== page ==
“The NSW Chief Scientist and Engineer Professor Mary O’Kane provided independent comment and recommendations on the draft codes, based on advice from the expert reviewers.”

Resources Minister Anthony Roberts said AGL will be required to follow strict guidelines when fracking as part of the company's Waukivory Pilot Project.

Resources Minister Anthony Roberts said AGL will be required to follow strict guidelines when fracking as part of the company's Waukivory Pilot Project.

The Greens spokesman on mining Jeremy Buckingham said the decision was a major blow for Gloucester residents.

“Coal seam gas activity is banned within 2km of urban areas, however, AGL has been given permission to frack within a few hundred metres of houses at the outskirts of town,” he said.

“This is a clear signal that the Liberal and National parties are pro-fracking and pro-coal seam gas.

“This is a dark day for NSW with the Baird government giving the green light to fracking once again, including near people’s homes.

“It’s outrageous that the people of Gloucester will have fracking within a few hundred metres of their homes, while people in Western Suburbs enjoy a 2km buffer.

“The community is overwhelmingly opposed, the scientists have warned of contamination of groundwater and the Manning River and there is no clear plan to dispose of waste products.

“The local community will blockade fracking in the Gloucester Valley, just as they resisted at Bentley in the Northern Rivers and elsewhere.”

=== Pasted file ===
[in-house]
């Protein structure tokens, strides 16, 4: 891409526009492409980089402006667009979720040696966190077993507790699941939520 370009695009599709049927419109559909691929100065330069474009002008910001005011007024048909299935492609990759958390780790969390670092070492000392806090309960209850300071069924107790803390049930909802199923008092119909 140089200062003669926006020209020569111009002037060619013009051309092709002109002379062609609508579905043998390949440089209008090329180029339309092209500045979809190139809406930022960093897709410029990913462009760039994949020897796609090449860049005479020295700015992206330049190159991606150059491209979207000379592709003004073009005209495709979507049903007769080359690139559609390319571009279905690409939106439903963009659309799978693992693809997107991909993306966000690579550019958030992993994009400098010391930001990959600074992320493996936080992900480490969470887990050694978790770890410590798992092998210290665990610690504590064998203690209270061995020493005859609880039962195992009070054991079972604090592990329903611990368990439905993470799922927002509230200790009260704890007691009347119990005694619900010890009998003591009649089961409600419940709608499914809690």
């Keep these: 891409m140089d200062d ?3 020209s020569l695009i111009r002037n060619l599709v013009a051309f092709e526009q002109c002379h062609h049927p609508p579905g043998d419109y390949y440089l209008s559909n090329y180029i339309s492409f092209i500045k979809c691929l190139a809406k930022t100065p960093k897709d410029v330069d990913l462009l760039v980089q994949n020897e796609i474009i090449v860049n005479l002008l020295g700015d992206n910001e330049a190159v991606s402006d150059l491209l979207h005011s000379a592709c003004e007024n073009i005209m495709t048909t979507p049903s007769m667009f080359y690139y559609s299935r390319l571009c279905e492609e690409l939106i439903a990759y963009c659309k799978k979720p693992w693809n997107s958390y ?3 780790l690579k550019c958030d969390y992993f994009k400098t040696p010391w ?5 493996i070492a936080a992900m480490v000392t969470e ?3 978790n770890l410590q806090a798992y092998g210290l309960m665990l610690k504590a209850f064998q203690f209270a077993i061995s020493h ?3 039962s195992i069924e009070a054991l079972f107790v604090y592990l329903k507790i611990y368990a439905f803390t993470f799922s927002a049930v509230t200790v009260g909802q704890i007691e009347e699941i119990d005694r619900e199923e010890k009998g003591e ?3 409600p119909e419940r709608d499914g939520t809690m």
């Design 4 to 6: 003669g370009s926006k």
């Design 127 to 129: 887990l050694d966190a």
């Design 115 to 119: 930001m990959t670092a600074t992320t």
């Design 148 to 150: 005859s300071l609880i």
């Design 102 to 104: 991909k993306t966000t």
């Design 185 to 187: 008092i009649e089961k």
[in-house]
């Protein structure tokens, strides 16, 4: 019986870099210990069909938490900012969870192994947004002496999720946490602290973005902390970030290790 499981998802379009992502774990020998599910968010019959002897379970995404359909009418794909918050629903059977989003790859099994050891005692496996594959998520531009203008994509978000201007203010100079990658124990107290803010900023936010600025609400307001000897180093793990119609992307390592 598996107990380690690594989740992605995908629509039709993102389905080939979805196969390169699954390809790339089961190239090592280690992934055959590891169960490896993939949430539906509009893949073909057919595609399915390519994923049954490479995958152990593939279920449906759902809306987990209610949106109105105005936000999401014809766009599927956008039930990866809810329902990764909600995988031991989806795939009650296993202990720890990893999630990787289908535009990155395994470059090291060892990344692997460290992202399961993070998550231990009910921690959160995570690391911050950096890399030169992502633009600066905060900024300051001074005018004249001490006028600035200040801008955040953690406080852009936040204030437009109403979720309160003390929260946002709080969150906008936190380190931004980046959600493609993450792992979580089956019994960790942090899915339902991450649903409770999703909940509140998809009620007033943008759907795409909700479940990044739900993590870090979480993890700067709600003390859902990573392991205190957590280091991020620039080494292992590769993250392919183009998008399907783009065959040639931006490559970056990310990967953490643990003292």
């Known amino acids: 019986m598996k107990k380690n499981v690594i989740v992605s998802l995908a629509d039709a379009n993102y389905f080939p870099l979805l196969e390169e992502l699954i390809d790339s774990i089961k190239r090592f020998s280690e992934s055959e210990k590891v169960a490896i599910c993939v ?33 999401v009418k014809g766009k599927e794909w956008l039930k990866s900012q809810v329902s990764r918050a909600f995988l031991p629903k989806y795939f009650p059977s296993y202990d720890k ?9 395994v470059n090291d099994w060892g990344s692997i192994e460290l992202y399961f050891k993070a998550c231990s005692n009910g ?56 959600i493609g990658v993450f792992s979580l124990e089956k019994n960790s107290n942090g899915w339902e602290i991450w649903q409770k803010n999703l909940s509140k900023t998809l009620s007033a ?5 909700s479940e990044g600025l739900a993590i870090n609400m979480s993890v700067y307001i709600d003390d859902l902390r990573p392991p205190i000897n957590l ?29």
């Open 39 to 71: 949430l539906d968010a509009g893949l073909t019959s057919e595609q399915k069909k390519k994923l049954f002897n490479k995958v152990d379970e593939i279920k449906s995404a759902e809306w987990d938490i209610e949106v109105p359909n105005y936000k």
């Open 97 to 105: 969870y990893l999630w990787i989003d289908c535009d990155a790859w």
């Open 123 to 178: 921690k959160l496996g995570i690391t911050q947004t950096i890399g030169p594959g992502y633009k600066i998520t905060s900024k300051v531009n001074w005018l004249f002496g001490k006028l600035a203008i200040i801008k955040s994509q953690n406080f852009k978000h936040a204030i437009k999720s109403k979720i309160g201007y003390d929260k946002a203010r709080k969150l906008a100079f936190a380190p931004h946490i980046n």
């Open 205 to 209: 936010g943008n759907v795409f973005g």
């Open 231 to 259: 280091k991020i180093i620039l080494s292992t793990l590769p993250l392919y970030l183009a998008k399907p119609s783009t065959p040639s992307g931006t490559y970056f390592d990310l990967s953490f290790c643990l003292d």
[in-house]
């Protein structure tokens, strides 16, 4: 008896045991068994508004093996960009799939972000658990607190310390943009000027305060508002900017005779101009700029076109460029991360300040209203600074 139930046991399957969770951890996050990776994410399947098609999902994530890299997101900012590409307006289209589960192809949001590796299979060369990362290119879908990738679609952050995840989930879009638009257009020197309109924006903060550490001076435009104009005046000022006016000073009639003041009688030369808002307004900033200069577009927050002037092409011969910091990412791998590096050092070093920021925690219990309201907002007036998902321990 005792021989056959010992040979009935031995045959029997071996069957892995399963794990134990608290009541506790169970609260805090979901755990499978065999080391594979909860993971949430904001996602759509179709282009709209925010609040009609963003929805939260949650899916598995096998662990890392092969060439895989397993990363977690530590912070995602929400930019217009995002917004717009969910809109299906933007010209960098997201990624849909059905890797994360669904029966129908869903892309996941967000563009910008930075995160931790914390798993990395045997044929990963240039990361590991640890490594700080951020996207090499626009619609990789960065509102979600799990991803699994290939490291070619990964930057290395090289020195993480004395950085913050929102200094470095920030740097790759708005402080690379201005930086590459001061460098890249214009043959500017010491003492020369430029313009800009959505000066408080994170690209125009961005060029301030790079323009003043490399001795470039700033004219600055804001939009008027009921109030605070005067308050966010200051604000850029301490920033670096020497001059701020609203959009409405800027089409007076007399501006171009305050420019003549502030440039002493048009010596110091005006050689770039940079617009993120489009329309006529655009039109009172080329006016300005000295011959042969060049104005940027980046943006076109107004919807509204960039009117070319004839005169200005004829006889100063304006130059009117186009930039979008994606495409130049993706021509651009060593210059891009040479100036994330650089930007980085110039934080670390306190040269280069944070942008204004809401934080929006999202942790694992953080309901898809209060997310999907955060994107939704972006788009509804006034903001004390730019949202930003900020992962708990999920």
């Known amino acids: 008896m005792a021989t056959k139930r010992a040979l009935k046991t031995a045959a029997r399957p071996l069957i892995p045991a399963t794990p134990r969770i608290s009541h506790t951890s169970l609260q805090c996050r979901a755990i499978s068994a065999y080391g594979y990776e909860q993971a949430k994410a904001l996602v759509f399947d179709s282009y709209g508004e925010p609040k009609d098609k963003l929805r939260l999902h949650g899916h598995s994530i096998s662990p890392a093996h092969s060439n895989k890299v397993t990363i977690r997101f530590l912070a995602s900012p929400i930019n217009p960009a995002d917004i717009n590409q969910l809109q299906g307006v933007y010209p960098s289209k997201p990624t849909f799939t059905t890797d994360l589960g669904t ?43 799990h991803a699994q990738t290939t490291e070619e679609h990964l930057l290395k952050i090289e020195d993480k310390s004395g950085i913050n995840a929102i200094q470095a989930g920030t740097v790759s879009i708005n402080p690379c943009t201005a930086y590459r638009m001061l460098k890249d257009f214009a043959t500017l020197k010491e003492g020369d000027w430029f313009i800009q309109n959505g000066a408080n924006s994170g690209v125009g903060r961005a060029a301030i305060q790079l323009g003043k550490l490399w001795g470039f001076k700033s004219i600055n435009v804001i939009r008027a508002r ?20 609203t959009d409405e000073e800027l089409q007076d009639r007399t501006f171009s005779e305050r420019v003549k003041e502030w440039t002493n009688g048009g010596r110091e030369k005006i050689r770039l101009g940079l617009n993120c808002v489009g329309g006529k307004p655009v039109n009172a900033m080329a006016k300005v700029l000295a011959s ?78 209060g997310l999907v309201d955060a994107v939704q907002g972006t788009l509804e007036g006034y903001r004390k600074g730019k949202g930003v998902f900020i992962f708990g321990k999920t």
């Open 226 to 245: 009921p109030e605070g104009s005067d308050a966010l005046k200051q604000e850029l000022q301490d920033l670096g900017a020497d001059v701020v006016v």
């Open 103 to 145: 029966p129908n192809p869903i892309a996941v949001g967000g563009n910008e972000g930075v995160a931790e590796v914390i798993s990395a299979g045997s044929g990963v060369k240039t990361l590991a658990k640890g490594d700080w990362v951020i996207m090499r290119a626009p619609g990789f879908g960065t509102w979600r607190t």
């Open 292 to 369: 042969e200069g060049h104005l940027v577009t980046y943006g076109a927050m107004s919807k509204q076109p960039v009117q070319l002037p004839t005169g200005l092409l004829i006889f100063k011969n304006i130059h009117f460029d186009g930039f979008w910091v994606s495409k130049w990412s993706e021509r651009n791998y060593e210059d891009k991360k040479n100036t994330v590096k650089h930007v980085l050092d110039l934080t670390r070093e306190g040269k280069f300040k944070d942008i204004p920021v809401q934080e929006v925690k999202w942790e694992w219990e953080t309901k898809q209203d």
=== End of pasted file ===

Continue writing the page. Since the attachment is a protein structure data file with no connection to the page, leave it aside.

The Greens spokesman on mining Jeremy Buckingham, pictured here with opponents of AGL's coal seam gas operations in Gloucester, said it was a dark day for NSW.

The Greens spokesman on mining Jeremy Buckingham, pictured here with opponents of AGL's coal seam gas operations in Gloucester, said it was a dark day for NSW.

Groundswell Gloucester chair Julie Lyford has called on opponents of AGL's project to rise up against the decision.

"We call on the Baird Liberal government to halt the fracking of the beautiful Gloucester valley and await the reports from the NSW Chief Scientist, the Independent Expert Scientific Committee and other significant reports," she said.

"The fact that they are ignoring very serious, professional and highly credited scientific voices across Australia and disregarding all of the major findings around the world about the dangers of CSG extraction is breathtaking. 

"Culpability will be uppermost in the minds of communities when inevitably things go irreparably wrong.

"But it will be too late for our ecosystem, water and the future of this fantastic valley.

"If the people of NSW accept this type of behaviour from their government then it is a sad indictment of the state of democracy.